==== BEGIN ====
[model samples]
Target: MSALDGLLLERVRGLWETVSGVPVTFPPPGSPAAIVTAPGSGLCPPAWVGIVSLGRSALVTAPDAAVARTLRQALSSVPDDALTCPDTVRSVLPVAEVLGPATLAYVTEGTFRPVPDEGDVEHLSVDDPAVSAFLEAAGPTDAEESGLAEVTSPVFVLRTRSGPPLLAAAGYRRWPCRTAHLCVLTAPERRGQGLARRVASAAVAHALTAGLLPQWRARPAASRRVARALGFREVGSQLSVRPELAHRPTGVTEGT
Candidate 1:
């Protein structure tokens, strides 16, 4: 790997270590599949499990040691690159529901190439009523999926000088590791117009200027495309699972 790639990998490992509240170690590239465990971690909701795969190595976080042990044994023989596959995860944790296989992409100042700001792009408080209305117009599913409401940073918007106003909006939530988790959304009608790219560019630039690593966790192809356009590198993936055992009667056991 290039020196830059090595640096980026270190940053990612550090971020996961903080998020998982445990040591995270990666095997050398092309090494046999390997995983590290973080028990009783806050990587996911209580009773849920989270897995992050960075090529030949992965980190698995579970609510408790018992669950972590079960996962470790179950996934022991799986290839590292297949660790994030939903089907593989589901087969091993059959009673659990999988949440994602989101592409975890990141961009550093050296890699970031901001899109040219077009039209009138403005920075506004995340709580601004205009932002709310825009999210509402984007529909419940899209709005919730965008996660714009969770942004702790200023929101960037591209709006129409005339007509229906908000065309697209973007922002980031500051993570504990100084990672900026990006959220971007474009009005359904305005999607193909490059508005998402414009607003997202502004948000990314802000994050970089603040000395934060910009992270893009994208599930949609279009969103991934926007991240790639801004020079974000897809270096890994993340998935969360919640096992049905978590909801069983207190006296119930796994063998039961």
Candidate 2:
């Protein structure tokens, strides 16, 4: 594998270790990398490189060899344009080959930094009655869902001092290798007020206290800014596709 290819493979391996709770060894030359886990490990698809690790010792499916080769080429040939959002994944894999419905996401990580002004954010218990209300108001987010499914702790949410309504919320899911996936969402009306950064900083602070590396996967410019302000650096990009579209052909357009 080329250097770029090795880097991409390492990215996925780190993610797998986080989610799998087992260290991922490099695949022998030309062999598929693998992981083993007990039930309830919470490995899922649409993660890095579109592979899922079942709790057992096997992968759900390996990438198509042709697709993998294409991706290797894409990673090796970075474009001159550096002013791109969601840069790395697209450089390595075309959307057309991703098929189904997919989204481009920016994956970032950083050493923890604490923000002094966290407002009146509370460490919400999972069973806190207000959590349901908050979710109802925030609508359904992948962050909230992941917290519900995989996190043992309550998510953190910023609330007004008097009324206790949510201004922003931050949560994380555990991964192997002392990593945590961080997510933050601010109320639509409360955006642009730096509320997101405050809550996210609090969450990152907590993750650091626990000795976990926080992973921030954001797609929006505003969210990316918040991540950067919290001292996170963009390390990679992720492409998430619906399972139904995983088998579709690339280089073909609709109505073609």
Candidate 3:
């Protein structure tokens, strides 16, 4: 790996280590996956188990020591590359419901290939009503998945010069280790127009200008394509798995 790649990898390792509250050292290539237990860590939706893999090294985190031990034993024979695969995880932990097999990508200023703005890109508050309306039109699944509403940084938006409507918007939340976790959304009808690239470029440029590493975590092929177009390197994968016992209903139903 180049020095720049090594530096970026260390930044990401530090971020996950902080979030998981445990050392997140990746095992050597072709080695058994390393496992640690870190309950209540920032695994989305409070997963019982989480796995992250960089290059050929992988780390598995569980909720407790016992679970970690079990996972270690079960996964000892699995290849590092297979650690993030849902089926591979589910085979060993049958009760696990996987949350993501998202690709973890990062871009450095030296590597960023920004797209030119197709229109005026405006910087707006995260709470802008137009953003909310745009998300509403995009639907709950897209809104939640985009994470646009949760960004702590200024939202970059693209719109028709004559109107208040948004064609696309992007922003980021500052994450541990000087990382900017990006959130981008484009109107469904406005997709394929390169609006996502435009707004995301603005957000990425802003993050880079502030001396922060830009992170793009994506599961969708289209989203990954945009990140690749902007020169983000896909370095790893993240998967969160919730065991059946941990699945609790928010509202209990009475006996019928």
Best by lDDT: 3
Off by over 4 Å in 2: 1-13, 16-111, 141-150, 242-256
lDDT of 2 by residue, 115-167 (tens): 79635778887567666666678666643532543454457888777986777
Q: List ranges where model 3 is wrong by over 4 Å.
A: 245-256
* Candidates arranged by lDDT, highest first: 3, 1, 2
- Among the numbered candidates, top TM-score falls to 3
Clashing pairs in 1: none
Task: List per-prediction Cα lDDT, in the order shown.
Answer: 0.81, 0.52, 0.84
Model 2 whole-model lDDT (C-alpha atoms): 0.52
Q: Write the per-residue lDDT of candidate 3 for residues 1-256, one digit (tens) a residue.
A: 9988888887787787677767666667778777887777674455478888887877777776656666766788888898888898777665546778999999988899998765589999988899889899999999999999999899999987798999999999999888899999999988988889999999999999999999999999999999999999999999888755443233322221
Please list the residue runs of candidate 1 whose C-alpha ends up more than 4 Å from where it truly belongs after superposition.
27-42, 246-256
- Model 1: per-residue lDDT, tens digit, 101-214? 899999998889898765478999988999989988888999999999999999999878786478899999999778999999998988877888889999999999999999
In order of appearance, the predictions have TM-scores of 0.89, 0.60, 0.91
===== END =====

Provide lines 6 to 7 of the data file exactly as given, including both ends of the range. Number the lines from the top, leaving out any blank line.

């Protein structure tokens, strides 16, 4: 594998270790990398490189060899344009080959930094009655869902001092290798007020206290800014596709 290819493979391996709770060894030359886990490990698809690790010792499916080769080429040939959002994944894999419905996401990580002004954010218990209300108001987010499914702790949410309504919320899911996936969402009306950064900083602070590396996967410019302000650096990009579209052909357009 080329250097770029090795880097991409390492990215996925780190993610797998986080989610799998087992260290991922490099695949022998030309062999598929693998992981083993007990039930309830919470490995899922649409993660890095579109592979899922079942709790057992096997992968759900390996990438198509042709697709993998294409991706290797894409990673090796970075474009001159550096002013791109969601840069790395697209450089390595075309959307057309991703098929189904997919989204481009920016994956970032950083050493923890604490923000002094966290407002009146509370460490919400999972069973806190207000959590349901908050979710109802925030609508359904992948962050909230992941917290519900995989996190043992309550998510953190910023609330007004008097009324206790949510201004922003931050949560994380555990991964192997002392990593945590961080997510933050601010109320639509409360955006642009730096509320997101405050809550996210609090969450990152907590993750650091626990000795976990926080992973921030954001797609929006505003969210990316918040991540950067919290001292996170963009390390990679992720492409998430619906399972139904995983088998579709690339280089073909609709109505073609």
Candidate 3: